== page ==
ISLAMABAD - Pakistan on Monday has asked India to keep it out of her internal politics and electoral debate, after Prime Minister Narendra Modi accused Islamabad of influencing Gujarat state polls.

Modi, while addressing a weekend rally in Gujarat, referred to a Facebook post by the former Pakistan army officer Sardar Arshad Rafiq in favour of senior Congress leader Ahmed Patel as the next Gujarat chief minister.

Modi also attacked Congress leader Mani Shankar Aiyar for his “neech aadmi” (low-class man) jibe at him, and claimed it proved Pakistan’s interference.

“There were media reports about a meeting at Mani Shankar Aiyar’s house. It was attended by Pakistan’s high commissioner, Pakistan’s former foreign minister, India’s former vice president and former Prime Minister Manmohan Singh,” the Indian PM claimed.

He alleged that Aiyar had discussed a supari (contract) to remove Modi from the scene to end the Pakistan-India deadlock.

Foreign Office spokesperson Dr Mohammed Faisal took to Twitter, and said India should stop dragging Pakistan into its electoral debate, and “win victories on own strength rather than fabricated conspiracies, which are utterly baseless and irresponsible.”

In his tweet, the FO spokesperson said electoral victories should come through one’s own strength rather than “fabricated conspiracies”.

Pakistan and Indian politicians routinely accuse each other of being “agents” of the either country during election campaigns.

General elections in Pakistan are expected after mid-2018 as the Pakistan Muslim League-Nawaz-led government will complete its five-year-term in June 2018.

Pakistan Tehreek-e-Insaf chief Imran Khan has accused ousted prime minister Nawaz Sharif of being Modi’s “friend” and of having “business interests” in India.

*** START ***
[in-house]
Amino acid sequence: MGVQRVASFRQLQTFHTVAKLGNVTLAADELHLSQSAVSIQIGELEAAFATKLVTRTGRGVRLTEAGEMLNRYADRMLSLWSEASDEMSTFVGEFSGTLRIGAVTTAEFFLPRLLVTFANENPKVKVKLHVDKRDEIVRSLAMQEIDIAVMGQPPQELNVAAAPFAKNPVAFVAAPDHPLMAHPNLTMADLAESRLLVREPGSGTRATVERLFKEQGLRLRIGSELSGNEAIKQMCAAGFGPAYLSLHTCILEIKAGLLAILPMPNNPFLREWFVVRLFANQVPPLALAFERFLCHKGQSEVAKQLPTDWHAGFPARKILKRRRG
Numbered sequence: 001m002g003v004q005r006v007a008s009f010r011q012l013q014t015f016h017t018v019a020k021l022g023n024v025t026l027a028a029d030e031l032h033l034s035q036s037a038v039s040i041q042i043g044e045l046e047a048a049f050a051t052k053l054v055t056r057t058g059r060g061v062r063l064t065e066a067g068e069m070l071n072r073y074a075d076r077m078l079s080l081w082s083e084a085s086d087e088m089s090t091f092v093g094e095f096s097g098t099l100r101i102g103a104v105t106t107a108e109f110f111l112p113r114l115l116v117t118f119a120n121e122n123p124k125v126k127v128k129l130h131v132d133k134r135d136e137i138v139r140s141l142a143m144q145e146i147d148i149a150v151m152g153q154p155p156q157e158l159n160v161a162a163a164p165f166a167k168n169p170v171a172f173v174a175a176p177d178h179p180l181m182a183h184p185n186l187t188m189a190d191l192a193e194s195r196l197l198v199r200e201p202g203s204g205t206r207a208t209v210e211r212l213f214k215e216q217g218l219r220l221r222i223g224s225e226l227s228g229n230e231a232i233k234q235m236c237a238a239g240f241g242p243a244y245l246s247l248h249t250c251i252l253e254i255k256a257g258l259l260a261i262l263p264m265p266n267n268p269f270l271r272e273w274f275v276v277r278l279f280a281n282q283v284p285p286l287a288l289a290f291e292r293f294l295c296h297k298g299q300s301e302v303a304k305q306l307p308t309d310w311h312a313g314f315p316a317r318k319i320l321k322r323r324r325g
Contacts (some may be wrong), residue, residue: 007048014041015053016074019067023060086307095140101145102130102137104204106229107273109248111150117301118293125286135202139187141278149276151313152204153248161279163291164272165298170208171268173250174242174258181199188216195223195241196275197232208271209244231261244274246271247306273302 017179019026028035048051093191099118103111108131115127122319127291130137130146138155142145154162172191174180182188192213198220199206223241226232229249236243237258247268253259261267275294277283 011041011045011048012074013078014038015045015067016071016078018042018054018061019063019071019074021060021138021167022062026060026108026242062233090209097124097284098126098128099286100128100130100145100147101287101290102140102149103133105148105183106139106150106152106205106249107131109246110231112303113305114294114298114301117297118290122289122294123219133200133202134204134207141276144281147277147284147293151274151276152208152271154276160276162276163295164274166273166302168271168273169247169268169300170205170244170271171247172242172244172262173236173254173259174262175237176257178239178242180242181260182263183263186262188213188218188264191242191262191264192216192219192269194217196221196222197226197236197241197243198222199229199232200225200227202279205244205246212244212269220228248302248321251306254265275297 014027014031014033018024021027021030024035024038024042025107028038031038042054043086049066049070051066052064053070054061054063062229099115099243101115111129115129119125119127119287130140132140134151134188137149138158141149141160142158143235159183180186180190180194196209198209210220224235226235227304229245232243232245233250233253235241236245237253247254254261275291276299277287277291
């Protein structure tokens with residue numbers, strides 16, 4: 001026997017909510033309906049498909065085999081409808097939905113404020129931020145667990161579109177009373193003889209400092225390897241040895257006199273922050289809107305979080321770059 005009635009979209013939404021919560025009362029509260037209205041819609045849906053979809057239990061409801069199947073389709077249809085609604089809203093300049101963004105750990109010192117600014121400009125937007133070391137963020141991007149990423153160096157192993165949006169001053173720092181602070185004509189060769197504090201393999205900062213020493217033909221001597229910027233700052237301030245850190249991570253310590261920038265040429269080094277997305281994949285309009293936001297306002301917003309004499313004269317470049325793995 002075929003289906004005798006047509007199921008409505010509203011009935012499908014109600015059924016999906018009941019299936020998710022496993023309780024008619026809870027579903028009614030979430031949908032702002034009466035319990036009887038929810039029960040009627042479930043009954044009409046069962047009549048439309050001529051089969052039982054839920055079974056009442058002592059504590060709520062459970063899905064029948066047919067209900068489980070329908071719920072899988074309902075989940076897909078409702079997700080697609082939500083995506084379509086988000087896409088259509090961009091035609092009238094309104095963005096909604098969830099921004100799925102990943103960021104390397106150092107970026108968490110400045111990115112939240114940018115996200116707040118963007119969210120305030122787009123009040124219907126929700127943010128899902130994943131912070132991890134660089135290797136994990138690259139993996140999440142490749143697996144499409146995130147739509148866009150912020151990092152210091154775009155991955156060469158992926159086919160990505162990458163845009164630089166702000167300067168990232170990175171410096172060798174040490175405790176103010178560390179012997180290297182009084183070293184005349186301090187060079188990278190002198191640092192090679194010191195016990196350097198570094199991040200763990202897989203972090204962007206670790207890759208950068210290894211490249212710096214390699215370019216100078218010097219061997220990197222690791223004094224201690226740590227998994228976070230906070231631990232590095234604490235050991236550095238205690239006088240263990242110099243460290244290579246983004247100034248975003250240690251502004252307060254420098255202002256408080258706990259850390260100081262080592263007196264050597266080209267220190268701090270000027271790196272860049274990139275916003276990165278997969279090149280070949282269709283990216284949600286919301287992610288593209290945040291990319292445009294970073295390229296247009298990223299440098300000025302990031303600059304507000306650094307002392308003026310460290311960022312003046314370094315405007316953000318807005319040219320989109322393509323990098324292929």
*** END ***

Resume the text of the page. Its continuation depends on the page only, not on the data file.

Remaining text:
Earlier, the foreign office spokesperson said Pakistan wanted to resolve all issues with India through a dialogue process but India had been discouraging talks.

He said Pakistan had repeatedly raised its concerns about the hegemonic conduct of India, including the unprecedented escalation of ceasefire violations this year by Indian forces at the Working Boundary and the Line of Control in an attempt to deflect the attention of the international community from the continuing Indian atrocities in held Kashmir.

“In 2017, more than 1,300 Indian ceasefire violations, the highest ever in the recent past, resulted in 52 deaths and 175 injured. We have consistently stressed that Indian aggression is a threat to regional peace and tranquillity,” the spokesperson said. 

Faisal said Pakistan’s principled position on Kashmir dispute was very clear and consistent.

“We maintain that the only solution to the Kashmir dispute is through the realisation of the right to self-determination of the Kashmiris by a free, fair and transparent plebiscite under the auspices of the UN,” he added.

Tensions between Pakistan and India have been high since the killing of a Kashmiri freedom fighter, Burhan Wani, in July last year.

An attack on Indian forces in September 2016 - that killed 19 soldiers in Uri area of held Kashmir - further heightened the tensions.

Later, India started violations at the LoC that left people dead on both sides.

India also claimed it had carried a “surgical strike” to avenge the Uri attack.

Pakistan rejected the claim.

Pakistan has been trying to engage India in dialogue to defuse tension but India is defiant to stay away from the talks.

New Delhi is also not ready to discuss Kashmir, the core issue between the two nuclear-armed neighbours.